Sunday, August 19, 2007

Discovering Statistical Pairs for Motor Sequencing

How does one design a mechanism to discover consecutive motor signals? Believe it or not, this is what I have been thinking about the last several days and what has been holding up my progress with Animal. It is not as easy as it looks. For examples, here are a couple of issues that I am currently struggling with:
  • A sequence pair (AB) may sometimes run backwards (BA). Does this mean that every pair must have an opposite?
  • Consider the two consecutive pairs AB and BC. Should AC be considered a consecutive pair as well? A and C are certainly consecutive but from the point of view of generating motor command signals, AC seems superfluous since AB and BC can be chained to form a long sequence. However, what if signal B does not arrive sometimes, for whatever reason? Does this mean that AC should be kept as a valid pair?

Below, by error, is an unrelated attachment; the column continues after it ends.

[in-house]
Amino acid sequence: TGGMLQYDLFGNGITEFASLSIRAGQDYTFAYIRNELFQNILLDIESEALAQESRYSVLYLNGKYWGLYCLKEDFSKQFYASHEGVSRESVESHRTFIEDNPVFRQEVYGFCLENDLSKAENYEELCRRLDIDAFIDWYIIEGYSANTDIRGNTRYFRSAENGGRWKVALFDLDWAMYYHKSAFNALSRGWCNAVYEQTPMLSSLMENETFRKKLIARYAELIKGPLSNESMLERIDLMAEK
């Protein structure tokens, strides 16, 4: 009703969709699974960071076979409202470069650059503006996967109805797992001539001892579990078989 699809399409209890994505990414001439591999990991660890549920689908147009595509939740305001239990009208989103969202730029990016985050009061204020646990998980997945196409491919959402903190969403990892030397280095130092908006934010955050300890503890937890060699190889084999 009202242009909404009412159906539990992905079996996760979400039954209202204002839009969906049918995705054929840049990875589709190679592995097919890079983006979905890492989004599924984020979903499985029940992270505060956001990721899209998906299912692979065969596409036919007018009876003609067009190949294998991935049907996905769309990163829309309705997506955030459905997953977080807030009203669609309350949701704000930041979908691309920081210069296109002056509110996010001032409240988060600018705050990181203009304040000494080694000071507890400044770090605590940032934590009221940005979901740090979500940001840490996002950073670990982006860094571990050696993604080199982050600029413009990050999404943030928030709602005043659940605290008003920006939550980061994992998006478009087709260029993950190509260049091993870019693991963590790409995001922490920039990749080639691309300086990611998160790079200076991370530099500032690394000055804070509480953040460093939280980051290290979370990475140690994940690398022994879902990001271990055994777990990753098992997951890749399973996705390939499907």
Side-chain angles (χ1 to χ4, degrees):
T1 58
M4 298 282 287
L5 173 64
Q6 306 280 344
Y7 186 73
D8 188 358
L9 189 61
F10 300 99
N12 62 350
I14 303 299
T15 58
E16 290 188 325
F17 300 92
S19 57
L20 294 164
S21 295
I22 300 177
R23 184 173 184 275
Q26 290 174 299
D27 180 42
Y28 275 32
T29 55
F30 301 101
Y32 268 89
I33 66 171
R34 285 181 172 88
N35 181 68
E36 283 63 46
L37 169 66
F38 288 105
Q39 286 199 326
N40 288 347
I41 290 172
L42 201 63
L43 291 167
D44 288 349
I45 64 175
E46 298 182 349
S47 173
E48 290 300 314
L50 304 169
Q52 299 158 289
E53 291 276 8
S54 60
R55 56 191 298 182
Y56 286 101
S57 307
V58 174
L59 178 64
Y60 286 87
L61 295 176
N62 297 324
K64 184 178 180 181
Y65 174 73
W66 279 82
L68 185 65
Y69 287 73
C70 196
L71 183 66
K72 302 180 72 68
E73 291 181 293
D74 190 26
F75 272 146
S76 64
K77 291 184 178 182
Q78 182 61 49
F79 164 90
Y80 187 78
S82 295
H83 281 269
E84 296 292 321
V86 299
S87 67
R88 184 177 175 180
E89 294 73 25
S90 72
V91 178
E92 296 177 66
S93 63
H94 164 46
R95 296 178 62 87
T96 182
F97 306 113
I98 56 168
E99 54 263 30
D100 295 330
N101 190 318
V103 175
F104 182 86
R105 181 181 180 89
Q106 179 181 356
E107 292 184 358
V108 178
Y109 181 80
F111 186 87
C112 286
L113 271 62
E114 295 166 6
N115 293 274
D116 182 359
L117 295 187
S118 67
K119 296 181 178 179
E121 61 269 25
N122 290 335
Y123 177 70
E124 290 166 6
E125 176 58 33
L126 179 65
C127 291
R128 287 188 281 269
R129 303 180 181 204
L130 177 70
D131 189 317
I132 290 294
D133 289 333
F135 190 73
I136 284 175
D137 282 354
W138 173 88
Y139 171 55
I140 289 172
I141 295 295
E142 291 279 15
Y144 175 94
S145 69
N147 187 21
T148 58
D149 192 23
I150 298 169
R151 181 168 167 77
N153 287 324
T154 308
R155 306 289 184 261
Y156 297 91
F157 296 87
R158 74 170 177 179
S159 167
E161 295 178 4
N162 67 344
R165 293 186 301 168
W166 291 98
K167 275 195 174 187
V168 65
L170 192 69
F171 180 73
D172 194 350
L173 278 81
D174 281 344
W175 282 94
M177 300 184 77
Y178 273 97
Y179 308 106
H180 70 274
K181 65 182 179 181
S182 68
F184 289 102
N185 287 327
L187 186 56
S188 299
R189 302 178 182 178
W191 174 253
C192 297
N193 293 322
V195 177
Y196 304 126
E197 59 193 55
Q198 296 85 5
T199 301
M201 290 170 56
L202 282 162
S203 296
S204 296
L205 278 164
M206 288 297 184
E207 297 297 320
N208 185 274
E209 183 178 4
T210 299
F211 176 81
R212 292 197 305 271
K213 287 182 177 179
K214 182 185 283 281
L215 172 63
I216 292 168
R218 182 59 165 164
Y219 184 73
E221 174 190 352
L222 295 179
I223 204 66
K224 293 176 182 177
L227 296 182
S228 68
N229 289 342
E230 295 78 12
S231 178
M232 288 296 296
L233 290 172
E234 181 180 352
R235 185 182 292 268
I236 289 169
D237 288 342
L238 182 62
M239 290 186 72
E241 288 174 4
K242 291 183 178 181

The whole thing is getting too complicated for my taste. You all know me; I am a sucker for simplicity. I am currently leaning toward this solution: Create as many pairs as statistically possible and let the chaining mechanism discover which ones are viable within a motor sequence. That is to say, let the chaining mechanism eliminate the ones that induce motor conflicts. I suspect this may overwhelm the motor learning system but I’ll let you know how it all works out.

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